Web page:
Swap Meat (512)
Hey , there’s actually a SciFi Chick(s) review of this episode. That makes my work here much easier.
There’s not much new to add. I still chuckled at the first scene of Gary-Sam admiring himself in the bar’s mirror. Jared Padalecki did a great job of channeling his inner teen. I initially wondered why Gary chose Sam’s body for the swap when Dean is considered more classically good looking. Of course, the question was later answered. I doubt Gary would want to swap bodies with someone on the devil’s kill list.
Idle thought of the episode: Gosh, it didn’t take long for “salad shakes” to become passé.
Two Minutes to Midnight (521)
- The Winchesters are collecting the rings of the Four Horsemen of the Apocalypse, which they need to put Lucifer back in his cage. They have War’s and Famine’s, but need Pestilence’s and Death’s.
- Dean said “No” to allowing the archangel Michael to possess him, so Michael picked half-brother Adam—who was brought back to life in a previous episode (because he was dead before we first met him).
- A vaccine that’s not really a vaccine is being produced and distributed for mass consumption. This episode clarifies that it’s supposedly a vaccine for the swine flu, but is really the Croatoan virus, which makes everyone go mad.
- Bobby made a deal with Crowley, who’s still just the “king of the crossroads,” selling his soul to learn Death’s location.
Top all that off with a ridiculously busy episode, and you have one confused mess.
Sam and Dean go after Pestilence and his ring. They succumb to whatever disease Pestilence is selling today. We know they’re sick because they cough a lot. (Continuous coughing to indicate sickness is one of my pet peeves. It’s never very convincing, because the coughs are hollow, and not all sickness involves coughing.) Just when all seems lost, Castiel comes to the rescue (even though he’s lost his angel mojo) and cuts off Pestilence’s finger. Three rings down, one to go. All within a span of 12 minutes or so.
Two separate tasks complete the final 36 or so minutes. Dean and Crowley go after Death, who’s planning to wipe Chicago off the face of the earth. Sam, Bobby and Castiel set off to destroy the Croatoan virus. But not before Crowley restores the use of Bobby’s legs. It’s a rider Crowley added to Bobby’s sell-his-soul deal (which is actually a rent-a-soul deal because AtCrowley plans to return Bobby’s soul at some point. Theoretically.) See? At this point in the series, Crowley still has a bit of charm. Unlike now.
Sam, Bobby and Cass head for the “vaccine” distribution center, with plans to blow it up. But people are still inside, some of them not yet affected by the virus or possessed by demons. Sam saves them. We don’t see the building blow up, probably because of budget constraints, but apparently the mission is a success, because Bobby says so at the episode’s end.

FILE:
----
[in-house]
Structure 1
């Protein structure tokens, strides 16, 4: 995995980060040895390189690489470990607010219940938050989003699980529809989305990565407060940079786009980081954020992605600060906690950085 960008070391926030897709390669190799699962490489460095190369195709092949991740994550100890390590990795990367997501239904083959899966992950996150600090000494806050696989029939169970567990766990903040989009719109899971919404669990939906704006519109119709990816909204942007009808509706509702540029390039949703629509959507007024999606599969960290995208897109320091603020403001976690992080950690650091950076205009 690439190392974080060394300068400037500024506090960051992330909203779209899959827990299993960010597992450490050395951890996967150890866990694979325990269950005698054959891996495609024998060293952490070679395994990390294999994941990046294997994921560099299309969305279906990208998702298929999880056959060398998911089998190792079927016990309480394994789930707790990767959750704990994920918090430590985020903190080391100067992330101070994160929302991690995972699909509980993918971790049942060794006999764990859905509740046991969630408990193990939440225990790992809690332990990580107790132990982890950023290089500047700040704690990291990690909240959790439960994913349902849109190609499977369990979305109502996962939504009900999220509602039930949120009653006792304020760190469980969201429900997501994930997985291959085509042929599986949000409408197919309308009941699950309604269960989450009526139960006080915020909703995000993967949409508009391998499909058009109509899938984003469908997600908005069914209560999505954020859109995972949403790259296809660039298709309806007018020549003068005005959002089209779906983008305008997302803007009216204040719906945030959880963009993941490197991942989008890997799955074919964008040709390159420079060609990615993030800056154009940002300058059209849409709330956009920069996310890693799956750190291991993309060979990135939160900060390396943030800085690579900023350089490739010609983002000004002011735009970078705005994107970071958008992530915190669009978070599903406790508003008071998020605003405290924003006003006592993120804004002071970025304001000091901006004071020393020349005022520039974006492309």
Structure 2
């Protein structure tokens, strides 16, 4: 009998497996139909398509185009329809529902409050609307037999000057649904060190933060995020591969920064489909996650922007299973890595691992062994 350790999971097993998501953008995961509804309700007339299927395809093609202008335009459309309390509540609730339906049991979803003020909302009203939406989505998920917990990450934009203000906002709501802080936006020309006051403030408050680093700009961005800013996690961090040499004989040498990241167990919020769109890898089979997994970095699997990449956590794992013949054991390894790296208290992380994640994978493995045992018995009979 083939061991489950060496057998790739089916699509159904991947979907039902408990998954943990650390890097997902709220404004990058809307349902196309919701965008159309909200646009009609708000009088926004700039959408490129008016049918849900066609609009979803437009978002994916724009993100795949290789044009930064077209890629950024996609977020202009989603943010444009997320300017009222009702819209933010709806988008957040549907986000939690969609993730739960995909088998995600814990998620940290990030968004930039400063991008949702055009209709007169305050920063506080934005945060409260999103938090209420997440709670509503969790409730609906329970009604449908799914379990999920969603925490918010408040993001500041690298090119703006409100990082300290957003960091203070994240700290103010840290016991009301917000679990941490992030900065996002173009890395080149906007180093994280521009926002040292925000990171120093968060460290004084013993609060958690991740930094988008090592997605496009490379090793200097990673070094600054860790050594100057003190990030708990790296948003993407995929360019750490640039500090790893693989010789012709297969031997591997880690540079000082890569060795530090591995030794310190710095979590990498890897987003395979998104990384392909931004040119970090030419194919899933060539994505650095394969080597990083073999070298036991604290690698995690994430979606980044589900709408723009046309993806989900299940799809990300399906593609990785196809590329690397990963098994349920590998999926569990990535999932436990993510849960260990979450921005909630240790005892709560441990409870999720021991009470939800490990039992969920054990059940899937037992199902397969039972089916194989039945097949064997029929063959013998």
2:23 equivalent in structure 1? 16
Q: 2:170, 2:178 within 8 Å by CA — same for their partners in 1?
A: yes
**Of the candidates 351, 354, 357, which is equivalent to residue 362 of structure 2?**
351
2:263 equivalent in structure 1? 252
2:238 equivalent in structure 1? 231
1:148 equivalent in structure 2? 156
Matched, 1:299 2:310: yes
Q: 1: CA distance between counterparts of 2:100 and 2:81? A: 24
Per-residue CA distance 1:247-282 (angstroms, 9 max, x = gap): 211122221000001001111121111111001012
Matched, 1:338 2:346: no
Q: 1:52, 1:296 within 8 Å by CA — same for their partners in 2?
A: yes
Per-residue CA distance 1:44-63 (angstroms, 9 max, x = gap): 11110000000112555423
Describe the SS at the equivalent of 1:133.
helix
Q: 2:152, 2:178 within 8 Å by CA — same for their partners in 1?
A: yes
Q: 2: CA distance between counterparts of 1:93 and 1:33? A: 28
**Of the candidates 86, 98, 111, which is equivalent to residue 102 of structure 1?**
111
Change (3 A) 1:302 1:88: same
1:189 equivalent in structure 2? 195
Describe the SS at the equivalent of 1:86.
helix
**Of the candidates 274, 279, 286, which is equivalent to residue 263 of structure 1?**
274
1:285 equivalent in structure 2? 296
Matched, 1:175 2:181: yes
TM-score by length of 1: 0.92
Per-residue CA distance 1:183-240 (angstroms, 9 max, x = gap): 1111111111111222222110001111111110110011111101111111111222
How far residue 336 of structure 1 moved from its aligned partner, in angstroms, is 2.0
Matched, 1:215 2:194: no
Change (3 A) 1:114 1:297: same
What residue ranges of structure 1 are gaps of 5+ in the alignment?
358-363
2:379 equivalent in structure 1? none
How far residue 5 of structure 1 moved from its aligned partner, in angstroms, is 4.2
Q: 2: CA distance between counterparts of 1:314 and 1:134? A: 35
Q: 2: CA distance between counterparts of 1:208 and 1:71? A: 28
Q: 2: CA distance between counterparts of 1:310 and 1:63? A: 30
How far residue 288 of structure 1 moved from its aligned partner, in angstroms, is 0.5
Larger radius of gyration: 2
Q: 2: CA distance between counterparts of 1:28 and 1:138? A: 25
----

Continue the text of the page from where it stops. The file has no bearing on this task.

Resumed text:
Dean’s appointment with Death is far more interesting. Julian Richings is terrific in the role, and his initial scene is mesmerizing. All in slow motion as “Oh Death” by Jen Titus plays, Death parks his classic white car in front of a row of Chicago shops. As he emerges and walks down the street, Death touches a passer-by, who immediately falls to the sidewalk, dead.
At Rinascita’s Pizzeria, Death invites Dean to join him for a delicious slice of deep dish pizza. Death is surprisingly willing to help because Lucifer has him on a leash. He gives Dean his ring and tells him how to use all four, but he says Dean must let Lucifer take possession of Sam, who must then return him to hell. Death then saves Chicago because he likes the pizza.
“Two Minutes to Midnight” was not only the prelude to the season 5 finale, it was the prelude to Eric Kripke’s planned 5-year story arc and his time as show runner. Perhaps that’s why too much was crammed into the episode. If felt like the producers mismanaged the timing of the episodes and found themselves one episode short of what they needed.
Clip Show (822)
Now that we know how the season ended, how does the initial review stack up? The Winchesters continue their season of incredibly stupid mistakes, Dean is still pissy, Taylor Cole is still gorgeous, and Crowley’s still an effing ass.
I’d liked the introduction of the angel tablet trials. Too bad it all turned out to be a lie. Metatron, who’d seemed a little hinky here, proved to be totally hinky in the season finale.
As it turns out, the price for closing the gates of hell was Sam, and the decision to stop the trials did all come down to Dean. Way to go, show! I ❤ you! (Even if I didn’t give “Clip Show” a great rating. It was, after all, damned depressing.)
– Written by Andrew Dabb; directed by Thomas J. Wright
– TV Fanatic fan rating 4.8 (out of 5); IMDB rating 8.6; TV.com 8.6